Wide nurse staffing variation across hospitals poses a threat to the public’s health

By Jeff Lagasse for Healthcare Finance

Many hospitals in New York and Illinois were understaffed right before the first surge of critically ill COVID-19 patients, while New York City — an international gateway to the U.S. with three major international airports, and the early epicenter of the coronavirus surge in the U.S. — had the poorest average hospital nurse staffing on the eve of the COVID-19 medical emergency.

That’s according to a BMJ Journal study, “Chronic Hospital Nurse Understaffing Meets COVID-19,” which found that the workload had adverse consequences on nurses and on patient care. One third of patients in New York state and Illinois hospitals did not give their hospitals excellent ratings and would not definitely recommend their hospital to family and friends needing care.

The report documented staffing ratios that varied from three to 10 patients for each nurse on general adult medical and surgical units. ICU nurse staffing was better but also varied significantly across hospitals.


In addition to the implications for public health, the findings suggest an increase in overwork and burnout among staff. Even before the COVID-19 pandemic, half of nurses scored high in burnout due to high workloads, while one in five nurses said they planned to leave their jobs within a year. Nurses have largely stayed at hospital bedsides for long hours during the public health crisis — evidence of determination and professionalism even in the face of these staffing challenges.

Half of all nurses gave their hospitals unfavorable rades on patient safety, and two-thirds would not recommend their hospital to family and friends. In Gallup polls, nurses have been ranked as the profession most trusted by the American public for 18 years and running.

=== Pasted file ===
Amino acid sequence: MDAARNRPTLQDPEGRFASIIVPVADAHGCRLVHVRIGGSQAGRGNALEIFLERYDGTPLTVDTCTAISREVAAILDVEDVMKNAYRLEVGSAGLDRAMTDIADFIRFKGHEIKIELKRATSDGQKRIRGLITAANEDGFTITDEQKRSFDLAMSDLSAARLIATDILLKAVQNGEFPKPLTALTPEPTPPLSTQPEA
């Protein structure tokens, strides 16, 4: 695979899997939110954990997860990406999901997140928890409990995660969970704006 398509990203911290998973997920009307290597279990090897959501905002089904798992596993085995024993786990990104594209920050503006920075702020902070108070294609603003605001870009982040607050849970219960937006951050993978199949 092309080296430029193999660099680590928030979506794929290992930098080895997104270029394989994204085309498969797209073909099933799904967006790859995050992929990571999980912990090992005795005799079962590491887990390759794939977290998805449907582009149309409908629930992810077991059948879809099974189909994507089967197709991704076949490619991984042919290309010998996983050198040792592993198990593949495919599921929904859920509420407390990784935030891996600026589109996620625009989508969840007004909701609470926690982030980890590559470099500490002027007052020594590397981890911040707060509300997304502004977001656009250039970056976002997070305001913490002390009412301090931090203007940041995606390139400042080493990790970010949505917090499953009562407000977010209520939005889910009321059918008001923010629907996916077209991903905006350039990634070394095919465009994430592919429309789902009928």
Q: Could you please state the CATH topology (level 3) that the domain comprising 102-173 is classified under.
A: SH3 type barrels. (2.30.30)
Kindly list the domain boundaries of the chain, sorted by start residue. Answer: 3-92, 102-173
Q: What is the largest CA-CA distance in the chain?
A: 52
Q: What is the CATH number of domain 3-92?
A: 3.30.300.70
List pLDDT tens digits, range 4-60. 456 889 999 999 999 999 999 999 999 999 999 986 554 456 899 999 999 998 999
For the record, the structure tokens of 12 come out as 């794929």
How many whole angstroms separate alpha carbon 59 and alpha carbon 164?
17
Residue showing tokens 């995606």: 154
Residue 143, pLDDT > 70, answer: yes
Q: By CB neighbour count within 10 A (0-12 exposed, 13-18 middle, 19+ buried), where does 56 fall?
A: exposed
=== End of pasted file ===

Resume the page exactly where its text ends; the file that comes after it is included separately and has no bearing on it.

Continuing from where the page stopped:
The researchers surveyed all registered nurses holding active licenses to practice in New York State and Illinois during the period from December 16, 2019 to February 24, 2020, just before the COVID-19 emergency. Hospital nurses reported on the number of patients assigned to them to care for at one time. These nurse reports were linked to Medicare patient-reported outcomes for the same hospitals. They studied 254 hospitals throughout New York state and Illinois, including 47 hospitals in the metropolitan New York area (the five boroughs plus Nassau and Westchester counties).

Mean staffing in adult medical and surgical units in New York and Illinois hospitals varied from 3.36 patients per nurse to 9.7 patients per nurse, and in ICUs from 1.5 to 4 patients per nurse. Each additional patient per nurse significantly increased the proportion of both patients and nurses giving unfavorable hospital quality and safety ratings, after differences in hospital characteristics such as teaching status, size, and technology availability were taken into account.

About 65% of nurses reported delays in care were common because of insufficient staff, and 40% reported frequent delays in care due to missing supplies, including medications and missing or broken equipment.


Both New York State and Illinois have pending legislation requiring hospitals to meet minimum safe nurse staffing standards: no more than four patients per nurse on adult general medical and surgical units. The study found that most hospitals in both states currently do not meet these proposed standards, nor do they meet the safe nurse staffing standard of five patients per nurse set by legislation in California 20 years ago.

Among the conclusions drawn from the data are that the majority of hospital nurses in these states were burned out and working in understaffed conditions immediately prior to the surge in critically ill coronavirus patients, while understaffed hospitals pose a public health risk. The Nurse Licensure Compact may offer one solution and ease the strain on hospitals.


In a paper published in March, Dr. James Adams of Northwestern University’s Feinberg School of Medicine and Dr. Ron Walls of Harvard Medical School wrote that a combination of stress and possible exposure puts healthcare professionals at greater risk of contracting COVID-19 and potentially spreading it to others.

Meanwhile, data published last autumn found clinician burnout is affecting between one-third and one half of all U.S. nurses and physicians, and 45 to 60% of medical school students and residents. It also found a direct connection between clinician burnout and quality and safety in healthcare.

Share Article:
Dolbey Systems, Inc.